Sure, you can tell the difference between Anonymous and Mark Glenn, but can you tell a fake name from a real one? Let’s say, you’re presented with two names:

Name 1: Judy Alfonso
Name 2: Connie Jackson

Can you tell the real from the fake?

In fact, both names are fake, generated randomly from So is “Mark Glenn” from above. It’s as easy as visiting a website and hitting F5 to get essentially unlimited fake names. So, then, these aren’t names at all – they’re pseudonyms.

So does it matter if reviews have a real name, a fake name, or no name?

In practice, it doesn’t. Simply stated, any trust put in a reviewer’s name is misplaced. Let me explain why.

There are generally a few forms of identification on the Internet: true name, pseudonymity, and anonymity. Most everyone is familiar with true names. What about pseudonymity and anonymity? The concept might be understood but the distinction between the two is subtly blurred.

Pseudonymity refers explicitly to the use of a pseudonym, which is essentially a fake name. This can be a username (sometimes called a “handle” or “nickname”), and may have the appearance of a true name. But of course, it’s not a true name since it’s fictitious.

Anonymity refers to having no name at all, fake or otherwise. No nicknames or fake names, just a homogenous lack of individual identity. All users are equal, all messages are judged purely on their content.

Review sites generally require a user-reported first and last name, username (made up by the user) and email address, which do absolutely nothing to prove either a user’s identity or their bona fide affiliation with the doctor. But review sites rarely, if ever, allow a user to remain completely anonymous.

Make no mistake, short of connecting review site accounts to a social security number or similar unique identifier (good luck with that), reviews on review sites are generally unverified and should be treated as such. Patients and websites alike cannot (and very likely would not) verify the identity and relationship with a particular doctor, so any reviewer’s name – real or otherwise – adds nothing to the trustworthiness of the review.

As an aside, eMerit is a bit different – members collect reviews at point-of-service, which helps ensure that reviews are from confirmed patients, backed by extensive linguistic analysis and human review processes, ensuring quality. But when the review hits the site, prospective patients do not know or see that an unknown intermediary vetted

[1] the reviews. All they see is a review that they then must decide to trust or not to trust.

Trust in reviews doesn’t come from what name a reviewer uses – it comes from content, specifically content in aggregate. A patient can smell marketing puffery (or sabotage) miles away based on the content of a set of a reviews. A single review carries little to no trust, but in aggregate, patterns emerge. Patients use these patterns to discern whether your reviews are trustworthy.

So if a reviewer’s name is completely useless, why use names on reviews at all? Why not make all reviews anonymous by default? After all, we know that anonymity and Internet speech go hand in hand. According to UN Human Rights Council Special Rapporteur, David Kaye:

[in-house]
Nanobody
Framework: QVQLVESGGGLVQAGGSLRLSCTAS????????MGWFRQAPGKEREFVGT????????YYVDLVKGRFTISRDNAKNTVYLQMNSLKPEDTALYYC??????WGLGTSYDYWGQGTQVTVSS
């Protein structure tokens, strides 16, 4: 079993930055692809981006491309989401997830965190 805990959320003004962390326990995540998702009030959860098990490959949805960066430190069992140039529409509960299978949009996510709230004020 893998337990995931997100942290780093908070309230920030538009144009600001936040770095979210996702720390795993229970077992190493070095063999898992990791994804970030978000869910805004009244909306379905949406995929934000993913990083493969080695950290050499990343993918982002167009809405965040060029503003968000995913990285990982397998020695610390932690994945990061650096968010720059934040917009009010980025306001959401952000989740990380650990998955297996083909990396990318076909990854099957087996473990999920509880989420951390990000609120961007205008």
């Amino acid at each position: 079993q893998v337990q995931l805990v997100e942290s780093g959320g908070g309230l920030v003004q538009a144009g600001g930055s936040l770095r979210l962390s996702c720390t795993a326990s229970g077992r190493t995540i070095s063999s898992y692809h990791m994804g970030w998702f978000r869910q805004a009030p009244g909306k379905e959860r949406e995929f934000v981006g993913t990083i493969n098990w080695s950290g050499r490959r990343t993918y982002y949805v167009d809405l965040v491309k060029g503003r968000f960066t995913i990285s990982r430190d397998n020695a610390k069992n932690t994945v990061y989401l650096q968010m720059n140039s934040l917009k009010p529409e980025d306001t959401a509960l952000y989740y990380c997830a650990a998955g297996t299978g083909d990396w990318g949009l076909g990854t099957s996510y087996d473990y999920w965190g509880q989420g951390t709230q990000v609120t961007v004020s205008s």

“Encryption and anonymity enable individuals to exercise their rights to freedom of opinion and expression in the digital age and, as such, deserve strong protection” [2]

Two of the largest social networks, Facebook and Google Plus, missed the mark on anonymity/pseudonymity and privacy and both ended up reversing course to protect its users’ rights to unencumbered expression[3][4]. Review sites should offer similar protections for its users’ privacy, but without the window-dressing of forced pseudonymity.

Instead of perpetuating the burden of privacy “snake-oil” that contributes nothing to trust in reviews and imposes significant barriers to online speech, let’s enable free speech and let the content speak for itself. Not only would embracing anonymity for reviews increase the volume of reviews, but also the quality of content. Of course, some users will inevitably abuse anonymity, but those same bad actors would be capable of abusing a pseudonymous system, too. But, more importantly, anonymity provides a disinhibitory effect that allows for unobstructed free expression, shields patients against a myriad of potential public communication risks[5] (e.g. embarrassment, harassment, frivolous lawsuits to suppress speech) and facilitates a more open and honest discussion.

Despite efforts to eradicate Internet privacy, it’s here to stay. With advocacy groups like the EFF and privacy/anonymity software like Tor becoming more prevalent every day for fear of dragnet surveillance and over-collecting service providers, the Internet seems to be reclaiming its privacy. However, with the Department of Justice vying for backdoored encryption, there is certainly a tug-of-war afoot.

So, which side are you on? Let us know in the comments below.

[1] The use of “vetted” here refers only to our systems to prevent abuse of our system. We do not filter or otherwise censor patient reviews collected through our system in any way.[2] Report of the Special Rapporteur on the promotion and protection of the right to freedom of opinion and expression, David Kaye[3] Wikipedia – Nymwars: Expired Google Policy[4] Wikipedia – Facebook real-name policy controversy[5] The Online Disinhibition Effect